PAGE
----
A: Just about anywhere a pedestrian can walk or ride a bike. Depending on if you’re cruising slowly or wanting to motor at a faster pace, you may elect to mix with people on the sidewalks or hit the bike lane. In an effort to get people out of their cars, cities are trending to allow personal mobility products to mix with pedestrian traffic. Be sure and check your local regulations prior to riding in any public area.
A: Next to a bike rack, on the sidewalk, near your destination or anywhere a bike can park. Heck, take it up the elevator to your office and park it there.
A: While in general no state prohibitions exist in the United States, local regulations may exist. We recommend that you check your local regulations prior to use in public areas.
A: The RYNO Micro-cycle, the Segway scooter, and mobility scooters (electric wheel chair) have each opened a defined path that allows more and more choices by riders. For example, municipalities have loosened restrictions on mobility products to allow the handicapped more freedom. In (2011), the U.S. federal government has given the Consumer Product Safety Commission (CPSC) rather than the National Highway Traffic Safety Administration – primary jurisdiction over mobility products like RYNO and Segways. As a result, the CPSC redefined Segways and other similar electronic personal mobility devices as “consumer products”.
A: After testing the beginner/learning mode, our team opted to exclude it from the final production model. The training program at your local dealer will give you a solid handle on how to progress safely in standard riding mode.
A: Riding the RYNO feels like nothing you’ve ever experienced because there’s never been anything like it. Sit down on it and your instinct remains in control as you realize the Micro-cycle has almost become an extension of your body. Just lean forward a little and you’ll see that the Micro-cycle is moving in response to you and what you tell it to do. It all feels really cool, but be sure to get proper training from your authorized dealer and review the user materials before riding your RYNO. With a little practice, it will begin to feel totally natural.
A: We suggest taking a look at our Easy Riding page. But, to summarize: learning to ride the RYNO is like learning to ride a bike all over again. The best part is you don’t have to pedal and steer at the same time.
A: Due to exchange rates, tariffs and other taxes, pricing can vary. It’s best to consult your local authorized RYNO dealer (coming soon). Right now, the base model MSRP in the U.S. is $5,295.00, Utility Rack Option: $169.95.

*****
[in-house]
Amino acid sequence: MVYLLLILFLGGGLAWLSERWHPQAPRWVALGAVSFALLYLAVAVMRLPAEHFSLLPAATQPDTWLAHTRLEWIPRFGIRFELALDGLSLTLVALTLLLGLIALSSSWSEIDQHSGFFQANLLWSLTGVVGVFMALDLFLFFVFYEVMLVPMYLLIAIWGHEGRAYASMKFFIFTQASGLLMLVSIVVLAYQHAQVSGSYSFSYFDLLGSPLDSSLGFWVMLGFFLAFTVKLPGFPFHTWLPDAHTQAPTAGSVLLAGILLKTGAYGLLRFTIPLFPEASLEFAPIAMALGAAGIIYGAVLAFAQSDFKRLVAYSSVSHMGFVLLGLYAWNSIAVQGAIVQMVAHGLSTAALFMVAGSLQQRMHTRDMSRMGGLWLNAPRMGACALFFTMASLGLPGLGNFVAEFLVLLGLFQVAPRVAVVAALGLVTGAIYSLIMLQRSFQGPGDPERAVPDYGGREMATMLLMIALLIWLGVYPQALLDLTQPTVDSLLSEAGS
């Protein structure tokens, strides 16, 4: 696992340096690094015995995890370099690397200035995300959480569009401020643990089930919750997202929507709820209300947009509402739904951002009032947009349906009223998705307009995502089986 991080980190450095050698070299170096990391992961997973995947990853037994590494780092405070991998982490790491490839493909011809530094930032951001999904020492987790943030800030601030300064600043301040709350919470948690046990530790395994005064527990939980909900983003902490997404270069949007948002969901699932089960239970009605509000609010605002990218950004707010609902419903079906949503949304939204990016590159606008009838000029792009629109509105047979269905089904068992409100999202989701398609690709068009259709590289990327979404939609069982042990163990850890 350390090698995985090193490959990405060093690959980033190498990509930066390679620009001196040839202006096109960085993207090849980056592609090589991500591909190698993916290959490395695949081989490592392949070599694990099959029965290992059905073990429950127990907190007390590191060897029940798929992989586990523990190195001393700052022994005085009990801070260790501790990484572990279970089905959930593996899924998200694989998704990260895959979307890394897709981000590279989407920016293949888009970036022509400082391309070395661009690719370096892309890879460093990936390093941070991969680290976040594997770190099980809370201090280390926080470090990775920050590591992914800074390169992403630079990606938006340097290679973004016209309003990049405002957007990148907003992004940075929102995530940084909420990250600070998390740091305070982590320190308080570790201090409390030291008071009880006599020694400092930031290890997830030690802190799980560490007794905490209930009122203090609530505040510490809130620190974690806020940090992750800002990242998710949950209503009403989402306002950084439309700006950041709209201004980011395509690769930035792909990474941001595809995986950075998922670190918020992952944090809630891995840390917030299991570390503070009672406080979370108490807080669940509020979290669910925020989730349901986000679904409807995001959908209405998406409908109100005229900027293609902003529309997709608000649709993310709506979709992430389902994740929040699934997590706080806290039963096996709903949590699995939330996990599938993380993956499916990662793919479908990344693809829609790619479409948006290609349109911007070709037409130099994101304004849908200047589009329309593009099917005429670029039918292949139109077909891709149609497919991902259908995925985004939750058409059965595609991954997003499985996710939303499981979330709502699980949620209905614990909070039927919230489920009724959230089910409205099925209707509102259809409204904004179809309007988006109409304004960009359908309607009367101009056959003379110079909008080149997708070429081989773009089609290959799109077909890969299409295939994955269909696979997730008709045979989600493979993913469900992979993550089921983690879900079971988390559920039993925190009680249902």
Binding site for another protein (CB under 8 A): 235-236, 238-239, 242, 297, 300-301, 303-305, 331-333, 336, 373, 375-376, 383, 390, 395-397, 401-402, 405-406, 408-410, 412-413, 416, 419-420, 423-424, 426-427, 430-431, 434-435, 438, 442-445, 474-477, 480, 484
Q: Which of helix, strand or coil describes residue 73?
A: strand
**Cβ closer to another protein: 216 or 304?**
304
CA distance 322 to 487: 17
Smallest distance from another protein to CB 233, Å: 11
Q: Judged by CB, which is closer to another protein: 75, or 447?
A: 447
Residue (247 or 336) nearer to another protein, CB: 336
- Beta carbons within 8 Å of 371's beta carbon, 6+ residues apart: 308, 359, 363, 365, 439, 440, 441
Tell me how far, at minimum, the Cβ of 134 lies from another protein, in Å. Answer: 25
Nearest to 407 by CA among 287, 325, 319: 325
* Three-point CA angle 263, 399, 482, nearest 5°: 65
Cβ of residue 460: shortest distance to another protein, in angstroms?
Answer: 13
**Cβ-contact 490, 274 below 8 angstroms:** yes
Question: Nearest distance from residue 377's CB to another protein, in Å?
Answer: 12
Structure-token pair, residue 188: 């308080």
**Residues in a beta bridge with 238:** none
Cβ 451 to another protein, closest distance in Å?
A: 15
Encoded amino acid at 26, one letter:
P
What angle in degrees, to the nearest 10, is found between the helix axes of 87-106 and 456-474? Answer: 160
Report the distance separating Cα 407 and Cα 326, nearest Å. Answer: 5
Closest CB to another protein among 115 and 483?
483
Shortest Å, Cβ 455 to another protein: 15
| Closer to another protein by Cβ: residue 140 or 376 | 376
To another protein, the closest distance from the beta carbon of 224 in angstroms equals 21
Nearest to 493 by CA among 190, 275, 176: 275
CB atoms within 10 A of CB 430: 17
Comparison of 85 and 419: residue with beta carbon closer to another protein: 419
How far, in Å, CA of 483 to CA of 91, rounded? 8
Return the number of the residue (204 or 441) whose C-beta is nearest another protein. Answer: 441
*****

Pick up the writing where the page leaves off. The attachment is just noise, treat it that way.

A: Yes. The RYNO Micro-Cycle is 11 times more efficient than the average American car, and over three times more efficient than even the highest-mileage scooters. As a zero-emissions vehicle, the RYNO can also go indoors. It does draw electric power during recharge, but that electricity causes fourteen times less greenhouse gas emissions per mile than driving a car.
A: Yes, RYNO sets weight limits for rider safety and to reduce the risk of damage to the machine. A rider must not be less than 100 lbs. (45 kg). The maximum payload (which includes rider and all cargo) for the Micro-Cycle is 260 lbs. (117 kg). The total weight of any handlebar cargo plus any additional attachments hanging from the handlebar should not exceed 10 lbs. (4.5 kg).
A: RYNO’s maximum speed is 10mph, which is roughly equal to a 6-minute mile. This is very close to the average speed of riding a bike in an urban environment.
A: Depending on payload, riding style and terrain, a single charge can support up to 15 miles/16km of travel.
A: A standard wall outlet can charge your Micro-cycle’s batteries. It takes about six hours with the standard charger that comes with the cycle.
A: RYNO Red. What else is there?
A: Yes. The device is designed to be operated in wet weather. The Micro-cycle has one of the largest tires in the personal transportation market which give it exceptional grip on wet paths/roads. However, RYNO should never be ridden in icy conditions or on any slippery surfaces. Just as you could slip on a surface or slope while walking, your RYNO can lose also traction. Since there is only one wheel and the self-balancing feature is tied to that wheel, slipping could cause the RYNO to fail to maintain its’ balance.
A: We recommend you contact your insurance company or local agent to find out the type of coverage available for your RYNO, but many options are available today. Progressive Insurance does provide personal use coverage for personal mobility devices in most states. Call 1-800-PROGRESSIVE or visit www.progressive.com for more.
A: You currently cannot fly with your RYNO due to weight restrictions. However, you can ground ship them. If you choose the Lithium-ion battery option, be sure you check with your carrier for special instructions as there are specific regulations/requirements that must be met when shipping Lithium-ion batteries.
A: You can clean your RYNO with mild soap and water. It is very similar to a car or a motorcycle in terms of keeping it clean. Do not use a pressure washer! Water under high pressure could breach the seams for certain controllers and cause problems.
A: RYNO’s Lithium-ion batteries are considered a hazardous material and is important to dispose of properly. Please visit Call 2 Recycle to find a location near you and properly recycle your batteries. Most battery recycling facilities will recycle your SLE batteries.
A: Hoverboards. After all, we’ve finally hit Back to the Future. Seriously though, we’re always cooking up something. Sign up for our eNewsletter to keep up-to-date with everything RYNO.